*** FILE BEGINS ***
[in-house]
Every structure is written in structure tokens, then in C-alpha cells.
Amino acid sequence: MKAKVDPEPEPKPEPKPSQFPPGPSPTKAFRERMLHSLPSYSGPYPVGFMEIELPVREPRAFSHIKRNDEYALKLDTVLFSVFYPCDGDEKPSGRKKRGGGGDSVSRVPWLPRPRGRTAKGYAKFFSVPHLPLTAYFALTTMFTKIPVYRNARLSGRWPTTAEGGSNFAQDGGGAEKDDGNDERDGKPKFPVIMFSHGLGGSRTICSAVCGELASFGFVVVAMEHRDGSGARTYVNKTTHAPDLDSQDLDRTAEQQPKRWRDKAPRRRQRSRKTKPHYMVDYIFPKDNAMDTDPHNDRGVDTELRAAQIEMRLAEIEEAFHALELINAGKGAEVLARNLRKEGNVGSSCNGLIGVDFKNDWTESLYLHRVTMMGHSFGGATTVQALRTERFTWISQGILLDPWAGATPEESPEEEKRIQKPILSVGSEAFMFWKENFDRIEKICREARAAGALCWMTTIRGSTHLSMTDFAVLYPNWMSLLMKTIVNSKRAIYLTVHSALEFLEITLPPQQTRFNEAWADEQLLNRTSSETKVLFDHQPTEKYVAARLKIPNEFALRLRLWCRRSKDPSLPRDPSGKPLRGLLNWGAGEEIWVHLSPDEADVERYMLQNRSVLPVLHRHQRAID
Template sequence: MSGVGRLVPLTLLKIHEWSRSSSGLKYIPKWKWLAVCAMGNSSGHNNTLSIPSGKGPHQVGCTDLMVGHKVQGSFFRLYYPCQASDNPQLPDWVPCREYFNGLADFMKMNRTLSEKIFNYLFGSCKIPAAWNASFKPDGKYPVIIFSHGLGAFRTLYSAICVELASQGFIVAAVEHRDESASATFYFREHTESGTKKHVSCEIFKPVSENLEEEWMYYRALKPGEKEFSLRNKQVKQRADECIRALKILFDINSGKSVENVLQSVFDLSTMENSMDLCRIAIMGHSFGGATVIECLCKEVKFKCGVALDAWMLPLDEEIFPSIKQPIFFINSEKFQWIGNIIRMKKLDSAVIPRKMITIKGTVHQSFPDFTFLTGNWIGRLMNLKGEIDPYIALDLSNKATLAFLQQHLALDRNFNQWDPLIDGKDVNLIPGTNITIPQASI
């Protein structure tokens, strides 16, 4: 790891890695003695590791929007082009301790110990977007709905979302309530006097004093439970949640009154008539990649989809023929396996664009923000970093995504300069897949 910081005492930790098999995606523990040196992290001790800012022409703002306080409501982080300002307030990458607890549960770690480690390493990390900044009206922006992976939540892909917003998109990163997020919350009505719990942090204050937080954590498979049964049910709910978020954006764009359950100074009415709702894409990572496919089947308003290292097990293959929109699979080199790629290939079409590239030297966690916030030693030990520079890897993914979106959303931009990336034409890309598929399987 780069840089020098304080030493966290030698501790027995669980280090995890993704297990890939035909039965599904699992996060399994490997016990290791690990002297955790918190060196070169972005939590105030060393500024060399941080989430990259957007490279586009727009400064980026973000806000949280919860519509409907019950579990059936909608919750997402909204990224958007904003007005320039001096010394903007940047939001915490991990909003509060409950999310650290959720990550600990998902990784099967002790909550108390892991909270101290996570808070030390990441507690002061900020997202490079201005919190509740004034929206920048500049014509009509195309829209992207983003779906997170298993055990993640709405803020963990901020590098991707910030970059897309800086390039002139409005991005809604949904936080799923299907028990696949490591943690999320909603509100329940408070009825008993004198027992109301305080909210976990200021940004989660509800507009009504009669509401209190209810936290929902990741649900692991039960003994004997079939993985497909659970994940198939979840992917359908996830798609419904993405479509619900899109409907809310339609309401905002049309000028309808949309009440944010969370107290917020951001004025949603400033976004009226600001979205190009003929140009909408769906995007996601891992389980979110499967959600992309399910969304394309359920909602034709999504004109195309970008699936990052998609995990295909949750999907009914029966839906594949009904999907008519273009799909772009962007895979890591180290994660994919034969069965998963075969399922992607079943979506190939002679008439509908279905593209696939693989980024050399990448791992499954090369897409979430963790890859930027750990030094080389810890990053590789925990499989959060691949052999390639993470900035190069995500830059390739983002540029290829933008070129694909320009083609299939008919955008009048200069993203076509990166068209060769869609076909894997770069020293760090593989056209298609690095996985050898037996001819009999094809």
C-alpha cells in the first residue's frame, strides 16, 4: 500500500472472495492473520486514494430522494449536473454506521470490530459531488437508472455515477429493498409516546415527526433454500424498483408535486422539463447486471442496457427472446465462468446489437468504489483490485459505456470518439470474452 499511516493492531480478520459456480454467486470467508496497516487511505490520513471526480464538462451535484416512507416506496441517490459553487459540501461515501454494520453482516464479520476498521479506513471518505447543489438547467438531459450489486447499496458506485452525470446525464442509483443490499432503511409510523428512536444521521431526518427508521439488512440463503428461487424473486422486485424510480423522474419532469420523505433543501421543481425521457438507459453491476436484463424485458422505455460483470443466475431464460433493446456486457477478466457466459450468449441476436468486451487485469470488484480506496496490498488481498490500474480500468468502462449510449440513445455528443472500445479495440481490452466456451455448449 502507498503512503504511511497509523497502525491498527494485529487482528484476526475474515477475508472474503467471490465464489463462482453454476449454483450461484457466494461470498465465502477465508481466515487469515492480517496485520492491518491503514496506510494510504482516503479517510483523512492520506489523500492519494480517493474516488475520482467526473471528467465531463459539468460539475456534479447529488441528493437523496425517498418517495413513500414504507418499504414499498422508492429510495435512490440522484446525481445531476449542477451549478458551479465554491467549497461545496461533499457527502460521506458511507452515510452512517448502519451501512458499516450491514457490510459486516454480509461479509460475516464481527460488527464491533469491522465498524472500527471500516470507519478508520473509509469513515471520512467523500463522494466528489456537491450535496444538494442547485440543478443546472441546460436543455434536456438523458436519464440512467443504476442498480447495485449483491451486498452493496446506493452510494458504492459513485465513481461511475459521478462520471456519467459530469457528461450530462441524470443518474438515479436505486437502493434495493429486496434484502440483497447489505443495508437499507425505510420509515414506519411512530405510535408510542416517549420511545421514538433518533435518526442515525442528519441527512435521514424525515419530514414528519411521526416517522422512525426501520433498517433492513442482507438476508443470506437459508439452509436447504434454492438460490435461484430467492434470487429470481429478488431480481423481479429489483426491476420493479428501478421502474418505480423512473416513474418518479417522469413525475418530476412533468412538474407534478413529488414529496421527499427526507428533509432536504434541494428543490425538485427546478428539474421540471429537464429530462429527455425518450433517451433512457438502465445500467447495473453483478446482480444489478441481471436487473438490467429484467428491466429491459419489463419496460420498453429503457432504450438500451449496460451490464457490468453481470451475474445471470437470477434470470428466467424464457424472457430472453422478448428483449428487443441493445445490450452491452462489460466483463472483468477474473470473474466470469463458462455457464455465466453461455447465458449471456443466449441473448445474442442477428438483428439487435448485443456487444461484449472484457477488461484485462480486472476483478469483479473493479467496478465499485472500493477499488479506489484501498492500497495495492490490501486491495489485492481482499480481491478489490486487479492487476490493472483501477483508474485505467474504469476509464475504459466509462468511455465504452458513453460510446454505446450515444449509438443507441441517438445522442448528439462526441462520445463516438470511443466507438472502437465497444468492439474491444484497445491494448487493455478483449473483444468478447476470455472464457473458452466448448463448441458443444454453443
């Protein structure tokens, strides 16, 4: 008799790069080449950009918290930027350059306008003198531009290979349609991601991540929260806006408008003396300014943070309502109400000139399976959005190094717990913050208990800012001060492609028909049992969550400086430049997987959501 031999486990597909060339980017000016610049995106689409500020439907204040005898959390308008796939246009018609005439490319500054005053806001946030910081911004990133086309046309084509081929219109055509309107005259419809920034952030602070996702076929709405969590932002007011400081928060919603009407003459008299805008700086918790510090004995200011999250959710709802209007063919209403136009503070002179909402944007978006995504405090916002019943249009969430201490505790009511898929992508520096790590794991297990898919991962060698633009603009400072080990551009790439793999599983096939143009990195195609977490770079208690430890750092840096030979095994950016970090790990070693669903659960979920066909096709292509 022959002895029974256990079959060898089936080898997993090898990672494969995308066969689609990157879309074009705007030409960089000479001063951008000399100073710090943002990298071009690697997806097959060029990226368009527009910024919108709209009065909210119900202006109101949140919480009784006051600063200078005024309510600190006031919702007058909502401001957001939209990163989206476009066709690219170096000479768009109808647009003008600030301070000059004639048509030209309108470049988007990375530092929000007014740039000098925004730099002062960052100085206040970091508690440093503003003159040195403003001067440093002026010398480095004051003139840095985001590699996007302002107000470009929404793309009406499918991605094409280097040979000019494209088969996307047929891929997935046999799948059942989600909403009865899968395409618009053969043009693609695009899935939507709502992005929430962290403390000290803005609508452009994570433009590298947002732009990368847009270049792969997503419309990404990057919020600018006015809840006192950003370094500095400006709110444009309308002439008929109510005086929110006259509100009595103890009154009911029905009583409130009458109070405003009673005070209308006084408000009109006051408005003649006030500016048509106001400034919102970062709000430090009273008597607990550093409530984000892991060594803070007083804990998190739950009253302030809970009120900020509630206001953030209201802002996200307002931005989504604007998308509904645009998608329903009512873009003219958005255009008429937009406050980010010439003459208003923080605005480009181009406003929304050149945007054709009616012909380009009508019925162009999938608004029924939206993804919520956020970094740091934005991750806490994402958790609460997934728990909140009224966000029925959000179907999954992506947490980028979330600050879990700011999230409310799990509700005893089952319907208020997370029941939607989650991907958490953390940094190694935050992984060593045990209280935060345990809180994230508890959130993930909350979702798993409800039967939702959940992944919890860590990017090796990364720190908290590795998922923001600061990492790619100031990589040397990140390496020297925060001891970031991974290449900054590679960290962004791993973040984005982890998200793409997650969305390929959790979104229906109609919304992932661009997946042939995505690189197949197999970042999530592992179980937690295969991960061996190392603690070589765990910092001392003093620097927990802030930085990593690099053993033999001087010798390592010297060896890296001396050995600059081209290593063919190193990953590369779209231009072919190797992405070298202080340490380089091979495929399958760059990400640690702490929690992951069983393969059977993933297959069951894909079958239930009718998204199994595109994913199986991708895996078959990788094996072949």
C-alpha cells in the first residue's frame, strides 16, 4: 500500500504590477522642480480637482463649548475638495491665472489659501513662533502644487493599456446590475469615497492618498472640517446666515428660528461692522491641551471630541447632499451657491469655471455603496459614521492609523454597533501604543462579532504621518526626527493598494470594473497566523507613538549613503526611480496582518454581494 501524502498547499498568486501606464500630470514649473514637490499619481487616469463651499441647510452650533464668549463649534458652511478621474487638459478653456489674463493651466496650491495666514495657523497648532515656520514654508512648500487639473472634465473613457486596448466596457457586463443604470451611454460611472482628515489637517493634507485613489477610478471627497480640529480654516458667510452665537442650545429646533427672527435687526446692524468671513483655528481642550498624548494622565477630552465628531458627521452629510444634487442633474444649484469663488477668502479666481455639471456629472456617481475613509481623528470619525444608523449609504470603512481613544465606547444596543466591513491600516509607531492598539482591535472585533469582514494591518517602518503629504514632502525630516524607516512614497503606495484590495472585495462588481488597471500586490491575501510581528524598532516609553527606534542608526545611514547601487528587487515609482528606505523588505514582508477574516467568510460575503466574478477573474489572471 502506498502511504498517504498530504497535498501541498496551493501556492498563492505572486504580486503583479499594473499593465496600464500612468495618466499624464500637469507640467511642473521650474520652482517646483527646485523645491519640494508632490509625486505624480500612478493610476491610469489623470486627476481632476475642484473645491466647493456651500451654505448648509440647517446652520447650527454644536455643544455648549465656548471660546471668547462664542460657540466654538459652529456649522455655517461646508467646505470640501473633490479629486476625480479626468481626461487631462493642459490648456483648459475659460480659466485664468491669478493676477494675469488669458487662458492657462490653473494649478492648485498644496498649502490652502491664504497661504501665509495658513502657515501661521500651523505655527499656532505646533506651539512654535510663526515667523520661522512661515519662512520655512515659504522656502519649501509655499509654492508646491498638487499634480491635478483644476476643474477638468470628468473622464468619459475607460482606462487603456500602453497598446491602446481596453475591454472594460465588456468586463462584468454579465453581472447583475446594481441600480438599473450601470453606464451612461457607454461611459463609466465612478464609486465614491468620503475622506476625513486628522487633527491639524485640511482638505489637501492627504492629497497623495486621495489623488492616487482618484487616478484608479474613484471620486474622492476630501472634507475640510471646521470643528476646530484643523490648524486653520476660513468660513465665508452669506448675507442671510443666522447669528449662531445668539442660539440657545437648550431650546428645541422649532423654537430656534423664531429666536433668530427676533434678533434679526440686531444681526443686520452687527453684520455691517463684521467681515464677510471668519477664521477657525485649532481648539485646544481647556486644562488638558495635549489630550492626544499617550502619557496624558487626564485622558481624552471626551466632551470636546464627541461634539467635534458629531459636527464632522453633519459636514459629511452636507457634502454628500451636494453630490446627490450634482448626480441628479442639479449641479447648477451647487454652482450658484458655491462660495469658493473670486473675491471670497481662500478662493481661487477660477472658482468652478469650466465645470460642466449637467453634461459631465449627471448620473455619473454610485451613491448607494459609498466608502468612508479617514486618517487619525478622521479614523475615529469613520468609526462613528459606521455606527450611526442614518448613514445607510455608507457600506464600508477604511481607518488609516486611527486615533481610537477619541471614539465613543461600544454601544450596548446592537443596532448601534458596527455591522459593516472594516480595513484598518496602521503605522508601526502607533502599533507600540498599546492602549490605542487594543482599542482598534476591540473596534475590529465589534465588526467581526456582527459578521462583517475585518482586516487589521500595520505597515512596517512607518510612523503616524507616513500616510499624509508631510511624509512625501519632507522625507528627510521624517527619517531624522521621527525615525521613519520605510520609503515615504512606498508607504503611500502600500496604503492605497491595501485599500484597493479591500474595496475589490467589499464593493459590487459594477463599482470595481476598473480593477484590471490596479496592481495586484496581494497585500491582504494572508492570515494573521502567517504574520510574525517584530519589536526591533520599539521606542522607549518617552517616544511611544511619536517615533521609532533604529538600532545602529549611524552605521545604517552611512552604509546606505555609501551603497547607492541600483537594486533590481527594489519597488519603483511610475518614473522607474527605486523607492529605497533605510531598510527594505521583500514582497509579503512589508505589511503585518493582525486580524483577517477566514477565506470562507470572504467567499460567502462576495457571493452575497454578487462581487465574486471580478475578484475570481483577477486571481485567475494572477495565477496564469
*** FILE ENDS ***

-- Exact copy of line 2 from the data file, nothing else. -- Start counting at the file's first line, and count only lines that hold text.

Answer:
Every structure is written in structure tokens, then in C-alpha cells.